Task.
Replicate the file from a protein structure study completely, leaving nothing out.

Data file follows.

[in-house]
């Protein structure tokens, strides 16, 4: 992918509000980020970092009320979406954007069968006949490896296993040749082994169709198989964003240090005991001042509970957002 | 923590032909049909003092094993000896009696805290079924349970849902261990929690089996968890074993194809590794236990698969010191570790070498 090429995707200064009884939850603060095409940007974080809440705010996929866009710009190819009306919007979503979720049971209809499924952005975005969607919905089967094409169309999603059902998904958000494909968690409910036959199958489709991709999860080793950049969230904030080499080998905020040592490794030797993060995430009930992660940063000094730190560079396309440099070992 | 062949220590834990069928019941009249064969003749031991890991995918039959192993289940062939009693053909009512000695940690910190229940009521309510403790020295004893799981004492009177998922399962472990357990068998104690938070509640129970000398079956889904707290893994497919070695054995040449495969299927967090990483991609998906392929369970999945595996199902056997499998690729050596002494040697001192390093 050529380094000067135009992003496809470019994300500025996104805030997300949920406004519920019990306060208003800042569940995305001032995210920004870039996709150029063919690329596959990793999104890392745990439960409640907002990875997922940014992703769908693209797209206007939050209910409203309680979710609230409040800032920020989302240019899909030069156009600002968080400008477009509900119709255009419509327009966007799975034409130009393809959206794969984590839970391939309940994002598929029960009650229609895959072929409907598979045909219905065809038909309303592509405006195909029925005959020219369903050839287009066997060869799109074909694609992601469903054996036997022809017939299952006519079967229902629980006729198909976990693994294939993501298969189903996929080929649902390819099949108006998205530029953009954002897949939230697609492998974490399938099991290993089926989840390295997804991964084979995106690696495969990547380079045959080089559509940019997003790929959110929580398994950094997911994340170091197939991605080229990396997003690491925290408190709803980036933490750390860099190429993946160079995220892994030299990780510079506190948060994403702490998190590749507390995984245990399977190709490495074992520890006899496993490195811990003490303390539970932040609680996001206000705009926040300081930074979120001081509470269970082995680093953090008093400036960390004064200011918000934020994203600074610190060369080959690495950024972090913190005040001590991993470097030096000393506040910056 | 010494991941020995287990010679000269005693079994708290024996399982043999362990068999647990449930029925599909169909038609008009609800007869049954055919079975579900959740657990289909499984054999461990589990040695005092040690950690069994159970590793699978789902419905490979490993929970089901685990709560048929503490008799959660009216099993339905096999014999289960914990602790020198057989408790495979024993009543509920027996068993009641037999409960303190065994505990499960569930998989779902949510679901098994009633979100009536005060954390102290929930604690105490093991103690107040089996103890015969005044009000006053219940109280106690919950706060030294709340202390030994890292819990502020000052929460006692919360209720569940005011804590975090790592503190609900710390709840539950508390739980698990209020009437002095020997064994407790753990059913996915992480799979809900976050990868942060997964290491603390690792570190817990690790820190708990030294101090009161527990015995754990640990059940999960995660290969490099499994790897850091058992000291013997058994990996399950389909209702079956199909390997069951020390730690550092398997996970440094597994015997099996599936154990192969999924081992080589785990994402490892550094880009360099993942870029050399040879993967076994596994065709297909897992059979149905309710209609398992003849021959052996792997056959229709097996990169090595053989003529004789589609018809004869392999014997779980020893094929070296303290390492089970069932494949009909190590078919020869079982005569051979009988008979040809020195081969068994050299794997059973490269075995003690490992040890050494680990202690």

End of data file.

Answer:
[in-house]
């Protein structure tokens, strides 16, 4: 992918509000980020970092009320979406954007069968006949490896296993040749082994169709198989964003240090005991001042509970957002 | 923590032909049909003092094993000896009696805290079924349970849902261990929690089996968890074993194809590794236990698969010191570790070498 090429995707200064009884939850603060095409940007974080809440705010996929866009710009190819009306919007979503979720049971209809499924952005975005969607919905089967094409169309999603059902998904958000494909968690409910036959199958489709991709999860080793950049969230904030080499080998905020040592490794030797993060995430009930992660940063000094730190560079396309440099070992 | 062949220590834990069928019941009249064969003749031991890991995918039959192993289940062939009693053909009512000695940690910190229940009521309510403790020295004893799981004492009177998922399962472990357990068998104690938070509640129970000398079956889904707290893994497919070695054995040449495969299927967090990483991609998906392929369970999945595996199902056997499998690729050596002494040697001192390093 050529380094000067135009992003496809470019994300500025996104805030997300949920406004519920019990306060208003800042569940995305001032995210920004870039996709150029063919690329596959990793999104890392745990439960409640907002990875997922940014992703769908693209797209206007939050209910409203309680979710609230409040800032920020989302240019899909030069156009600002968080400008477009509900119709255009419509327009966007799975034409130009393809959206794969984590839970391939309940994002598929029960009650229609895959072929409907598979045909219905065809038909309303592509405006195909029925005959020219369903050839287009066997060869799109074909694609992601469903054996036997022809017939299952006519079967229902629980006729198909976990693994294939993501298969189903996929080929649902390819099949108006998205530029953009954002897949939230697609492998974490399938099991290993089926989840390295997804991964084979995106690696495969990547380079045959080089559509940019997003790929959110929580398994950094997911994340170091197939991605080229990396997003690491925290408190709803980036933490750390860099190429993946160079995220892994030299990780510079506190948060994403702490998190590749507390995984245990399977190709490495074992520890006899496993490195811990003490303390539970932040609680996001206000705009926040300081930074979120001081509470269970082995680093953090008093400036960390004064200011918000934020994203600074610190060369080959690495950024972090913190005040001590991993470097030096000393506040910056 | 010494991941020995287990010679000269005693079994708290024996399982043999362990068999647990449930029925599909169909038609008009609800007869049954055919079975579900959740657990289909499984054999461990589990040695005092040690950690069994159970590793699978789902419905490979490993929970089901685990709560048929503490008799959660009216099993339905096999014999289960914990602790020198057989408790495979024993009543509920027996068993009641037999409960303190065994505990499960569930998989779902949510679901098994009633979100009536005060954390102290929930604690105490093991103690107040089996103890015969005044009000006053219940109280106690919950706060030294709340202390030994890292819990502020000052929460006692919360209720569940005011804590975090790592503190609900710390709840539950508390739980698990209020009437002095020997064994407790753990059913996915992480799979809900976050990868942060997964290491603390690792570190817990690790820190708990030294101090009161527990015995754990640990059940999960995660290969490099499994790897850091058992000291013997058994990996399950389909209702079956199909390997069951020390730690550092398997996970440094597994015997099996599936154990192969999924081992080589785990994402490892550094880009360099993942870029050399040879993967076994596994065709297909897992059979149905309710209609398992003849021959052996792997056959229709097996990169090595053989003529004789589609018809004869392999014997779980020893094929070296303290390492089970069932494949009909190590078919020869079982005569051979009988008979040809020195081969068994050299794997059973490269075995003690490992040890050494680990202690």